According to reinsurer Swiss Re, our expanding waistlines should be matched with fatter insurance premiums. It has warned insurers to factor in a customer's risk of becoming obese in later life when premiums are set.
UK health officials are becoming increasingly concerned about the level of obesity in the UK. The number of obese children has doubled in 20 years.
Fat" has been a cause-celebre for feminists, but it is now causing increasing concern among life insurers. Insurers currently factor in someone's weight, in terms of their Body Mass Index (BMI) when they apply for life insurance. BMI is calculated by dividing a person's weight in kilograms by the square of their height in metres.
It is a measure of a person's build. Life insurers typically use "build ratings" to assess the risks relating to high levels of BMI before accepting applications for cover.
Obesity is defined by the World Health Organisation (WHO) as a BMI greater than 30.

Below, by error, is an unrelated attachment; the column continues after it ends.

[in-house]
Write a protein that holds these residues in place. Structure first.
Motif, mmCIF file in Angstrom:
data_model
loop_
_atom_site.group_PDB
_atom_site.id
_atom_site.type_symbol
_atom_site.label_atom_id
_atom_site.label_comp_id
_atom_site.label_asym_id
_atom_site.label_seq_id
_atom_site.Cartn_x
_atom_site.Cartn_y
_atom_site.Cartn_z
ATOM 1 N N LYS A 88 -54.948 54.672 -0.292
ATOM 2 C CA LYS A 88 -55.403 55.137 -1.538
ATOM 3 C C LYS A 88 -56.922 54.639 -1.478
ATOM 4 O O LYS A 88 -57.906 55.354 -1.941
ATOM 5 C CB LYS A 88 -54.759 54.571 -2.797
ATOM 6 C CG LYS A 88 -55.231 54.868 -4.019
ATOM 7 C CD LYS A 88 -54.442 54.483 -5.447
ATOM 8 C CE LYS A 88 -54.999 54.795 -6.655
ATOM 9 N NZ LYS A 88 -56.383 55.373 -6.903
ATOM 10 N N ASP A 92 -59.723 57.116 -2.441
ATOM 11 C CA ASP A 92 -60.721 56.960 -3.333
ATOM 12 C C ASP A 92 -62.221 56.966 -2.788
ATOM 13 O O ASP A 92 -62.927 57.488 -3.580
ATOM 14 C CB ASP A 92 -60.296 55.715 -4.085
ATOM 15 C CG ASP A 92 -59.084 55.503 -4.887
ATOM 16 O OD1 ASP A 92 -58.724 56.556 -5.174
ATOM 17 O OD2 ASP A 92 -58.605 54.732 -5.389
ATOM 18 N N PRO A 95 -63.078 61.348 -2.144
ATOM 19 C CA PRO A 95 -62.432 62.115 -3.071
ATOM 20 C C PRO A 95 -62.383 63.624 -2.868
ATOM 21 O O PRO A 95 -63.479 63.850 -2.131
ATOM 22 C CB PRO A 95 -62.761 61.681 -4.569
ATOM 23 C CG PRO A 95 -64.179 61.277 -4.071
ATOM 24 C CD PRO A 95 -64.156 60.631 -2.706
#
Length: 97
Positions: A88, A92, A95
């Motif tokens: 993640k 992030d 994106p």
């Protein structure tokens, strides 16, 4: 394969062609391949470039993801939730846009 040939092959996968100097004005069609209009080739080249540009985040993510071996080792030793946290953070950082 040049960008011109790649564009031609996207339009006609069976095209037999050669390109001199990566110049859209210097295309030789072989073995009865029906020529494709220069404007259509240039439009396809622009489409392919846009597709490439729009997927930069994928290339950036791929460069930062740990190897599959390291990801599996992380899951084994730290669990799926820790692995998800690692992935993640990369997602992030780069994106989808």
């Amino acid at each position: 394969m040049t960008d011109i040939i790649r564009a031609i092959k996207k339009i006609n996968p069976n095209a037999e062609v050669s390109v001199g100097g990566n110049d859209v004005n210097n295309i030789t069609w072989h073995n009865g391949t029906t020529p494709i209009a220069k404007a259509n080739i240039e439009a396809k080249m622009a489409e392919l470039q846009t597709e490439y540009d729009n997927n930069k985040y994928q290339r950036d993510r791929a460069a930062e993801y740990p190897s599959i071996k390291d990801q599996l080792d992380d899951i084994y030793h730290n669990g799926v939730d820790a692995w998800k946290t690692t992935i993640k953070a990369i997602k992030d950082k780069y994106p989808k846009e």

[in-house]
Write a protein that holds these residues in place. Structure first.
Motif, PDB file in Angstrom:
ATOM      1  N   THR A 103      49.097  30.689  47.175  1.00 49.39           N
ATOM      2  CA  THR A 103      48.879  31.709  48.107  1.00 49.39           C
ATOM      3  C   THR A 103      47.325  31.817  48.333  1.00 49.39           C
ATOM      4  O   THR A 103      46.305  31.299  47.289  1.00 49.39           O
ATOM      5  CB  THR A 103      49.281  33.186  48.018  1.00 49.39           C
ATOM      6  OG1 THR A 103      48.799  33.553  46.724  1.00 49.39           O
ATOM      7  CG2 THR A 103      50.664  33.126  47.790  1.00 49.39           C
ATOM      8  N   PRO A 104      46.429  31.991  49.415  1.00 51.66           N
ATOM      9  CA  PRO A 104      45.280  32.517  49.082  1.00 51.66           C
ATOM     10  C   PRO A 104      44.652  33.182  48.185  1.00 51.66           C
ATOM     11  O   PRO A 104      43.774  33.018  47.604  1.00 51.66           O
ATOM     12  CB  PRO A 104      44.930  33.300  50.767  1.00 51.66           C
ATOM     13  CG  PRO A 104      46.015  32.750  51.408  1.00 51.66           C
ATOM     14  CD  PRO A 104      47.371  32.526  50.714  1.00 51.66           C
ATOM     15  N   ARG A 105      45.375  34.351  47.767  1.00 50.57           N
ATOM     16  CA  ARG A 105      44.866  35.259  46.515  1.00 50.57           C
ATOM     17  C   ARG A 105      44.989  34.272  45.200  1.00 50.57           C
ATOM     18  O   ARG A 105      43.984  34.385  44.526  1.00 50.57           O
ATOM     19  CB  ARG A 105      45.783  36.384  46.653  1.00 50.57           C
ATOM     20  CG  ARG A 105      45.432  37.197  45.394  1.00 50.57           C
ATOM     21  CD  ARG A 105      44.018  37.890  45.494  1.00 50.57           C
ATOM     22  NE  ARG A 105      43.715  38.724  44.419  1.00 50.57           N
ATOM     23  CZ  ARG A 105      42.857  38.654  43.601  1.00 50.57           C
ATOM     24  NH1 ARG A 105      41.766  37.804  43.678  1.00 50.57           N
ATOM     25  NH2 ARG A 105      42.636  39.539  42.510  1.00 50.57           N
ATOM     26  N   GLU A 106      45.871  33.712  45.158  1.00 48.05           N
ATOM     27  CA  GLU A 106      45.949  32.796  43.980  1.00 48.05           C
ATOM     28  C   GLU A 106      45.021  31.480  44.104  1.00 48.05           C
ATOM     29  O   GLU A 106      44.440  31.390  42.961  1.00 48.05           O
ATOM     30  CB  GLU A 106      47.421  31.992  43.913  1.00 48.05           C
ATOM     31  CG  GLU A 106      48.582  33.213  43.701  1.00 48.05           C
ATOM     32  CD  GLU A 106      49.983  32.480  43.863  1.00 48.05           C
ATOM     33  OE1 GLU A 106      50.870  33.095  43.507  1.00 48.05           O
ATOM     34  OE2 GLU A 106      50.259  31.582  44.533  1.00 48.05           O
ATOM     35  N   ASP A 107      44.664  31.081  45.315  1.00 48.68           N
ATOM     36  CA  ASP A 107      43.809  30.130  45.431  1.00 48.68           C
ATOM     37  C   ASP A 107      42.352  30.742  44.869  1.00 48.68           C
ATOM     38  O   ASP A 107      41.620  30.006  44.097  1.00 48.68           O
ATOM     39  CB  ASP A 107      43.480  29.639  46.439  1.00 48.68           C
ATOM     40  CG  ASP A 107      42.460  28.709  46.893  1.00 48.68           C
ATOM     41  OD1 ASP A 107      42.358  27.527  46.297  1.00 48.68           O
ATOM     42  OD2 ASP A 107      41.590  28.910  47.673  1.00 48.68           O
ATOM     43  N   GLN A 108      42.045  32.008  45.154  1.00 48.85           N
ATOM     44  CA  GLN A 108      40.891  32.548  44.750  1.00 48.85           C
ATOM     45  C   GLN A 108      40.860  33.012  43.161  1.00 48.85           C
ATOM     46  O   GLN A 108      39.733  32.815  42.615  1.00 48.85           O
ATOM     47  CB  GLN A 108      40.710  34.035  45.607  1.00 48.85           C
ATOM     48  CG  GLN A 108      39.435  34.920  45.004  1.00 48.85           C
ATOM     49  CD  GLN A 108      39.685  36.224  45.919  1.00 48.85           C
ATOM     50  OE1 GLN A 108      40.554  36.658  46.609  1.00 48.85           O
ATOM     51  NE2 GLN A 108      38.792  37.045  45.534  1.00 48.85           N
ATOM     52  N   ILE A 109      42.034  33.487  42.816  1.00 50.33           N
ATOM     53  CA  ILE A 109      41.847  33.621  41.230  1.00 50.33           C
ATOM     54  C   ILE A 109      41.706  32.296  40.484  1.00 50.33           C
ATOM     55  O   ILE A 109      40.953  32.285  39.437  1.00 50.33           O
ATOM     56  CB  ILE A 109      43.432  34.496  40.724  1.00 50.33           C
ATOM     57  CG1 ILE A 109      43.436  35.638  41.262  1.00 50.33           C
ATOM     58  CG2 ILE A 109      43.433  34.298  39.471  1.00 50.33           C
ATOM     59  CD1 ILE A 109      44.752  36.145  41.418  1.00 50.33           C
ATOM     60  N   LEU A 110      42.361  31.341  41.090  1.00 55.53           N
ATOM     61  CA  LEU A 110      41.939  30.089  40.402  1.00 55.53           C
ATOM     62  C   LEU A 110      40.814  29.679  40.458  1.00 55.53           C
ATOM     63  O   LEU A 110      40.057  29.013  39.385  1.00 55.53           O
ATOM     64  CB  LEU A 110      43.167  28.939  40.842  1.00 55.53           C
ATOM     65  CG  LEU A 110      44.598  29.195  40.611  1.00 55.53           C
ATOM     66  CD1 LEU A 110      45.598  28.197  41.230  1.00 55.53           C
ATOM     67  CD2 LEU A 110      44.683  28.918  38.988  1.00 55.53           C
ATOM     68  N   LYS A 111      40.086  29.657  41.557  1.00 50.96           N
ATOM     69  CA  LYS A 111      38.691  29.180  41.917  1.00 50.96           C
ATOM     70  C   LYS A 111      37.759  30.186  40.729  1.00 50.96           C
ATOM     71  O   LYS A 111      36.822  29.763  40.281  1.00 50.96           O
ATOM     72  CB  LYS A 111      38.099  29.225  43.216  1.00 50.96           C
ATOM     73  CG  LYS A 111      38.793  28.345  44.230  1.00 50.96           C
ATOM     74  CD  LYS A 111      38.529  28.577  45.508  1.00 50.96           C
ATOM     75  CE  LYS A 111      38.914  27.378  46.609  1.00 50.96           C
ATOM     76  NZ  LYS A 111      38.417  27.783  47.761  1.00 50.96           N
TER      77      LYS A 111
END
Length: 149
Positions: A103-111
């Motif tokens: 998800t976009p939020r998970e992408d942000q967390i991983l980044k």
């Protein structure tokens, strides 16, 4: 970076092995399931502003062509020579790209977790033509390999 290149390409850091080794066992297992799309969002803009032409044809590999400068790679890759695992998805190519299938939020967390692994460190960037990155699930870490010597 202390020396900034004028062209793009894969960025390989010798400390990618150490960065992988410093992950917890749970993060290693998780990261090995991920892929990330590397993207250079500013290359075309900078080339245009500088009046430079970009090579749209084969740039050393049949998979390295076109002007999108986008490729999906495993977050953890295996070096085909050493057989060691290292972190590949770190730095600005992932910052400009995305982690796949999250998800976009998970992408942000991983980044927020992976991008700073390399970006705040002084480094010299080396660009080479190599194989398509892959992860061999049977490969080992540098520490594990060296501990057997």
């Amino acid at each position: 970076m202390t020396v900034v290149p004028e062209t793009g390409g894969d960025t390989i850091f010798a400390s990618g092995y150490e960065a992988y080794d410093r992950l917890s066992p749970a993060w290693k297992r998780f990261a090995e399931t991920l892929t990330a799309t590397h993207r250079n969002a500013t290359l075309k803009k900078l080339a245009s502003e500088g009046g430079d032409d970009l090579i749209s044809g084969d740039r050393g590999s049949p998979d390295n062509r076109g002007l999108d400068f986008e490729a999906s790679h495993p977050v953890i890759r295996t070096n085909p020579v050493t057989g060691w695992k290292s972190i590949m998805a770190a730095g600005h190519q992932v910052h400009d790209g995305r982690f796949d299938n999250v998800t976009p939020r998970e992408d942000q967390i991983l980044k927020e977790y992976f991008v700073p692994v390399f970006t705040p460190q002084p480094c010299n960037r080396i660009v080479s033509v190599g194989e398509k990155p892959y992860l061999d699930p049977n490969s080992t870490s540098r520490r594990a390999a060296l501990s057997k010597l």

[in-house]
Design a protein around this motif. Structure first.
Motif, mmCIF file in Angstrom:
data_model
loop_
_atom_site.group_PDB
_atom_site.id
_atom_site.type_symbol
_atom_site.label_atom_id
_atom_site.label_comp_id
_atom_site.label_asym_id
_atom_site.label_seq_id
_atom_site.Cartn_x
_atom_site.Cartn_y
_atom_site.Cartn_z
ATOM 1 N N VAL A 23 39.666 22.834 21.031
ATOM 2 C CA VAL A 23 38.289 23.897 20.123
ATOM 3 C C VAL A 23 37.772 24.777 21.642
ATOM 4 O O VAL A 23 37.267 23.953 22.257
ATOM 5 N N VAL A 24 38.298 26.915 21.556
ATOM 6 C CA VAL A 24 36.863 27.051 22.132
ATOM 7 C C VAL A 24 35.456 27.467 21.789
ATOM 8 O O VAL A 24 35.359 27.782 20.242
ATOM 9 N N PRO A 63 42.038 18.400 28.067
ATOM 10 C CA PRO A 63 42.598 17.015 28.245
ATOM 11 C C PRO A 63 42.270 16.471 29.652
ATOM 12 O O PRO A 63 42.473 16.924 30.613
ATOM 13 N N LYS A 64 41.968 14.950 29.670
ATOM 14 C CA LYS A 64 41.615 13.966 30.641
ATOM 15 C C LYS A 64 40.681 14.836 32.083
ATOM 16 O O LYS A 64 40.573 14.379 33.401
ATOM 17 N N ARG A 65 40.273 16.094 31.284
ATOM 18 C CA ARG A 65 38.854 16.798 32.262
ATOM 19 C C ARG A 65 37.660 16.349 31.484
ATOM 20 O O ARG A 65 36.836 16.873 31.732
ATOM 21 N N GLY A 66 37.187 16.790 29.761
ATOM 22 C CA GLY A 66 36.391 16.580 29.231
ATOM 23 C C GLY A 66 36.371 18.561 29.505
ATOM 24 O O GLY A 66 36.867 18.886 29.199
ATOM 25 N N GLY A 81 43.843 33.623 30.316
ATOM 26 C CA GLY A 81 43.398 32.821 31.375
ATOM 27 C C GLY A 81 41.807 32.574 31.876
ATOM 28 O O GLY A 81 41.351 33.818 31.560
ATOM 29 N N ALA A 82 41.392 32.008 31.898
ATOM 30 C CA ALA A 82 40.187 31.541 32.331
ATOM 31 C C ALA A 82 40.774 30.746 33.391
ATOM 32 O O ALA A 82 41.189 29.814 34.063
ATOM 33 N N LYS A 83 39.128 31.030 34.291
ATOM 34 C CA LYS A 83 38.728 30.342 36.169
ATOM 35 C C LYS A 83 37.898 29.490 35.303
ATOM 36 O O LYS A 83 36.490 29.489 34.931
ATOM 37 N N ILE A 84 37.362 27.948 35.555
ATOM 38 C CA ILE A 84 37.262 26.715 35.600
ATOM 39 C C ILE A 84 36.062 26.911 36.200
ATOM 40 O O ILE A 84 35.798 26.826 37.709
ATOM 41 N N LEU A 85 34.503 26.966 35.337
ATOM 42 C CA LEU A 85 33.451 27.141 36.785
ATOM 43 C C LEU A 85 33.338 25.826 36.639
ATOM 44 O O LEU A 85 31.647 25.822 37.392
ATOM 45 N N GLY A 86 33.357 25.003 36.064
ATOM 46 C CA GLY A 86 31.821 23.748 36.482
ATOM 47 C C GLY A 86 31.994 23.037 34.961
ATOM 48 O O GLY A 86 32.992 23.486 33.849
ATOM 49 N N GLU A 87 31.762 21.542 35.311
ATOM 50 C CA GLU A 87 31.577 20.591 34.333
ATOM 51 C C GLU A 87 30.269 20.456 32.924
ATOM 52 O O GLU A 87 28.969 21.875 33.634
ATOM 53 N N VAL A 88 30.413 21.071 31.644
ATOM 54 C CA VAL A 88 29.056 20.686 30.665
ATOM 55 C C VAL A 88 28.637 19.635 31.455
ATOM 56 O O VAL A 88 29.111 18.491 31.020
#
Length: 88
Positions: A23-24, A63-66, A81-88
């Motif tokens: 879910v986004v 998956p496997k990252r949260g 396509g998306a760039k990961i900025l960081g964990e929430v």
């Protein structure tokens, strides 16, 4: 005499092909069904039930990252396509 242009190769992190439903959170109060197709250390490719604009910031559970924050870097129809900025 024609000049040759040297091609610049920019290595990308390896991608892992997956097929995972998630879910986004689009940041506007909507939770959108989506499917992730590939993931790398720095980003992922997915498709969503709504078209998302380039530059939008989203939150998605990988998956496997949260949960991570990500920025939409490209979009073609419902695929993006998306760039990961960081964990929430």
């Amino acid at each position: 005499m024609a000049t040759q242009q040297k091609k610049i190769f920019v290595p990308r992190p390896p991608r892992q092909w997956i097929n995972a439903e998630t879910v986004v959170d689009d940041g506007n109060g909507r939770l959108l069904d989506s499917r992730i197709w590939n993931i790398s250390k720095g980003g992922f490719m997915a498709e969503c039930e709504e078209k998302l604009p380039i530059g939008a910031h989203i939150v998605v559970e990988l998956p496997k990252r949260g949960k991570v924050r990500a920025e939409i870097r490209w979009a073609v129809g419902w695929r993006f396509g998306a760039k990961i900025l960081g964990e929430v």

But insurers rarely factor in someone's chances of becoming fat in later life, report BBC. Fat children face rising life insurance premiums in adulthood as insurers charge for the growing impact of obesity on life expectancy, it emerged yesterday.
Swiss Re, the reinsurer, released a report yesterday recommending that insurers take into account a customer’s likelihood of becoming obese when pricing life insurance. The report - Too big to ignore: the impact of obesity on mortality trends - found that obesity was slowing the global improvement in mortality rates brought about by better medical treatment, inform timesonline.co.uk
According to guardian.co.uk For the number-crunchers who have the job of estimating the risk that someone will die before their policy expires, the maths is clear. Studies in the US have shown that a 10% increase in weight is correlated with a 30% rise in the incidence of heart disease. For a 40-year-old, non-smoking woman, being obese knocks eight years off life expectancy. For a 40-year-old man, the deficit is six years.
While the government wrestles to find the right policy approach, the private sector is responding with entrepreneurial zeal to mounting evidence of the health impact of obesity.
McDonald's has begun to sell salads and pieces of fruit alongside its burgers and fries, to cash in on the public's desire to fight the fat (and deflect charges that it should share some of the blame for childhood obesity). Dr Atkins's estate has continued to bank the proceeds from his best selling Diet Revolution books even after leaked medical records revealed that the man himself was obese when he died.